Enclosed addendum was another inch of hole-punched material, detailing the identified cultural and spiritual beliefs of my target, as suspected due to ethnicity and about a month of observation. The board required that I read the addendum and then take yet another test, demonstrating that I knew how to get a rise out of this person without altering their fundamental way of life or treading upon them in a manner disrespectful to their beliefs.
In other words:
Good goal—knock on target’s front door once a week for a month and giggle when they jump
Bad goal—simulate the sounds associated with culturally specific demons and drive target into therapy
With this particular target, I simulated the sounds of hard-soled shoes on hardwood floors because their house was entirely carpeted.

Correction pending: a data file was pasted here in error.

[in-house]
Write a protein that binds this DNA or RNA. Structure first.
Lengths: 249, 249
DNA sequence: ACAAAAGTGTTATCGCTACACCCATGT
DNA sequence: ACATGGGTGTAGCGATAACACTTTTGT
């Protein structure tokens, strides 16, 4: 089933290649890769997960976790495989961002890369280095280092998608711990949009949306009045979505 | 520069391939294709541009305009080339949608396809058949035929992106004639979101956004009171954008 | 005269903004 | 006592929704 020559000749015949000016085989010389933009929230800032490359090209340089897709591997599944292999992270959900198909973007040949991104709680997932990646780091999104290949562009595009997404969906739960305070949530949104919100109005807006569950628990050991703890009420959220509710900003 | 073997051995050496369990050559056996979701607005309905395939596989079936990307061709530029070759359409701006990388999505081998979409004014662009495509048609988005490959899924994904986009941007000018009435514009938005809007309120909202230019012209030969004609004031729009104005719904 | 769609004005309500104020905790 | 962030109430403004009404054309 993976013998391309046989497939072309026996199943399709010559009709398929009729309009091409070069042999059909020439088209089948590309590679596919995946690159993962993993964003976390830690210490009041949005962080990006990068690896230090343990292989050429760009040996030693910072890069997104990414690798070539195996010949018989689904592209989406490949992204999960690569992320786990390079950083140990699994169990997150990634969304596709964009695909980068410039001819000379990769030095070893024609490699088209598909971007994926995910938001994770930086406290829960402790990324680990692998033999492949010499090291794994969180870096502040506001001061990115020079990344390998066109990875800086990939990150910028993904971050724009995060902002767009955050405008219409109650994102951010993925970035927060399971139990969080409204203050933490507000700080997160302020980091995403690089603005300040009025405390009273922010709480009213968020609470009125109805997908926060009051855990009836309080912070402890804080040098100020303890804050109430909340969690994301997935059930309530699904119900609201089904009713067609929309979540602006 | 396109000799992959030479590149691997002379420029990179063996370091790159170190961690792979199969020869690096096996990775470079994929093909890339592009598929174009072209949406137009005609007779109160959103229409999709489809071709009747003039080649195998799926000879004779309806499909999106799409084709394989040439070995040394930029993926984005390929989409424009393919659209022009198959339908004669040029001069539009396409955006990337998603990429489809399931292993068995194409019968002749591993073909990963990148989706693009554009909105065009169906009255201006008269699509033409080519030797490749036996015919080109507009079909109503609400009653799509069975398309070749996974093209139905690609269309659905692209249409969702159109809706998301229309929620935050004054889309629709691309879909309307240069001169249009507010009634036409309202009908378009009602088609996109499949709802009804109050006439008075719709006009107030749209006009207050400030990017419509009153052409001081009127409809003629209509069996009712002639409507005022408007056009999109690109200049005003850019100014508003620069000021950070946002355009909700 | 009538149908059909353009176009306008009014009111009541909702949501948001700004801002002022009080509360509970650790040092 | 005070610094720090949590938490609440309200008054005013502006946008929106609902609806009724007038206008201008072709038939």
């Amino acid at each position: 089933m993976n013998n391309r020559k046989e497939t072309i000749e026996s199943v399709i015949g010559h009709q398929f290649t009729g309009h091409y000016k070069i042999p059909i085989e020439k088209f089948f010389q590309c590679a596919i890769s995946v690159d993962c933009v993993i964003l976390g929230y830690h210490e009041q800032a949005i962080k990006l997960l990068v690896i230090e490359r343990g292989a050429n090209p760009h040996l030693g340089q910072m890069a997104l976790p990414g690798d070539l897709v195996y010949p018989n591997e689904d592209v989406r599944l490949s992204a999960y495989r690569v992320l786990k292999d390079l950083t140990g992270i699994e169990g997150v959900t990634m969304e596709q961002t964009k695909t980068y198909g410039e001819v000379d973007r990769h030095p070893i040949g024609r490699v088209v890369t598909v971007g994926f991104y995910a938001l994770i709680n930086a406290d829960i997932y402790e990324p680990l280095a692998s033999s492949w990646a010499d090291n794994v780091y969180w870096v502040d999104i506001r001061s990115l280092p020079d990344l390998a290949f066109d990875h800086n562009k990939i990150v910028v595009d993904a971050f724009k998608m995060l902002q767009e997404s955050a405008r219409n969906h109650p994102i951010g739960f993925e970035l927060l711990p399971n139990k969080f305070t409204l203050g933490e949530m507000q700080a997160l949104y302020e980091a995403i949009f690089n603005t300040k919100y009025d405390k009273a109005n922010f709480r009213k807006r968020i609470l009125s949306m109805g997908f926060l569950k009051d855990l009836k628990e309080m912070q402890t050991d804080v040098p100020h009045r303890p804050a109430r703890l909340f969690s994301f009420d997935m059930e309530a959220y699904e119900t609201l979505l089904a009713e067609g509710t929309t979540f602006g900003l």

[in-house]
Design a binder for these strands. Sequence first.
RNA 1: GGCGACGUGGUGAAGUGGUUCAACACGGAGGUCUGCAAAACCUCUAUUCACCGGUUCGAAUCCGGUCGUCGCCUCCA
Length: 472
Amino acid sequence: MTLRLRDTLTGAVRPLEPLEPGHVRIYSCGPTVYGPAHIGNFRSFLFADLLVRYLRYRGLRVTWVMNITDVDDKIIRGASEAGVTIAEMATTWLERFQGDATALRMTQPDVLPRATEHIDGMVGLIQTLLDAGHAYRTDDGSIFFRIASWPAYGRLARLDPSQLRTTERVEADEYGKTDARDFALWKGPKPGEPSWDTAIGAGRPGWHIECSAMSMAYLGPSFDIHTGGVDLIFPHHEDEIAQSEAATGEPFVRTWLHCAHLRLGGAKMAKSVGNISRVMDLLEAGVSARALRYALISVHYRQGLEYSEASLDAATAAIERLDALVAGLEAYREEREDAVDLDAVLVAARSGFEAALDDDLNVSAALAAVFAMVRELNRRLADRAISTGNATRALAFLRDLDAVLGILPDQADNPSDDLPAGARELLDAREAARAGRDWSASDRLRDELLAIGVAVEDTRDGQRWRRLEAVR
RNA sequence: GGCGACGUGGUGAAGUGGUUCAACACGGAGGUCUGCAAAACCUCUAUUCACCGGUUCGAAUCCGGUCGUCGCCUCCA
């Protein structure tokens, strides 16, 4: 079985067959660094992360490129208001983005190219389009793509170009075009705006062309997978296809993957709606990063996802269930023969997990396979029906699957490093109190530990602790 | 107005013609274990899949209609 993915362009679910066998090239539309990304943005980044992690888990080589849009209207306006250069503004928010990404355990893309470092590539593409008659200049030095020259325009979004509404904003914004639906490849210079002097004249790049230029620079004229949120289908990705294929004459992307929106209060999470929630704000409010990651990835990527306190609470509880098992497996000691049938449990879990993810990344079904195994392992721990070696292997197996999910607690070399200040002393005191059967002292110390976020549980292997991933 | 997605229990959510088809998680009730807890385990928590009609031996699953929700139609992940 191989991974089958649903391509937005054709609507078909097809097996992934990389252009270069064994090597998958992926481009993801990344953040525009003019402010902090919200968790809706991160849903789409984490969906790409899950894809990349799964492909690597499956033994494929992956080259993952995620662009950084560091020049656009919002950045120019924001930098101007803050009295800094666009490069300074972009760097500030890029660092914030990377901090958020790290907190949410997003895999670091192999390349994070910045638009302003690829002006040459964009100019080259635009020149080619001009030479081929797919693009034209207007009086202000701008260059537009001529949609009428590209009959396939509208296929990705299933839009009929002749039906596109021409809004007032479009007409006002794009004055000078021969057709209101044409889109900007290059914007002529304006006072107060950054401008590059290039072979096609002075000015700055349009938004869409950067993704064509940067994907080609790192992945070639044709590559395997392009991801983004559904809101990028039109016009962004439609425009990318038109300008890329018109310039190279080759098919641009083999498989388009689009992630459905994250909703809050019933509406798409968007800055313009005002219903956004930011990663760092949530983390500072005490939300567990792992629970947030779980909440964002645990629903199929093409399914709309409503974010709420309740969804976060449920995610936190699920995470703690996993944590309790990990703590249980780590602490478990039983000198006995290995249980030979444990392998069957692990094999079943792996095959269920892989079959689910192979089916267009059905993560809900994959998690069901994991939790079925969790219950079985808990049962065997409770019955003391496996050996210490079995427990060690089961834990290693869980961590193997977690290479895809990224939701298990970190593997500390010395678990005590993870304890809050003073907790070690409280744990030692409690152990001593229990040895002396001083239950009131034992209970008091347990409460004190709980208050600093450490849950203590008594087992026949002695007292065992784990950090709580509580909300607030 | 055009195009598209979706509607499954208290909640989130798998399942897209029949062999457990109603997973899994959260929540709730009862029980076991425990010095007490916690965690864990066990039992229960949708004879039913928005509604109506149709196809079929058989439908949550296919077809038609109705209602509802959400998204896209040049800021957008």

In the end, they pulled up the corner of their living room carpet, revealing the original wood beneath, and then scratched their head and went to the public record office to see about the history of their home.
Truly, an excellent target. I was sad to see them go after the six month haunting allotment was up.
And that’s about the long and short of it—learning to haunt takes a very long time, requires that you jump through about a hundred hoops, and if you’re really, really good, culminates in a glorious moment where your target looks up, and asks…is someone there?
Of course, there are exceptions to rules, special cases as regards friends and family, and any number of unregistered, maverick ghosts and energies. But for this post, there’s really only one last thing you should know about haunting:
All bets are off on Halloween.
I’ll see you at sundown…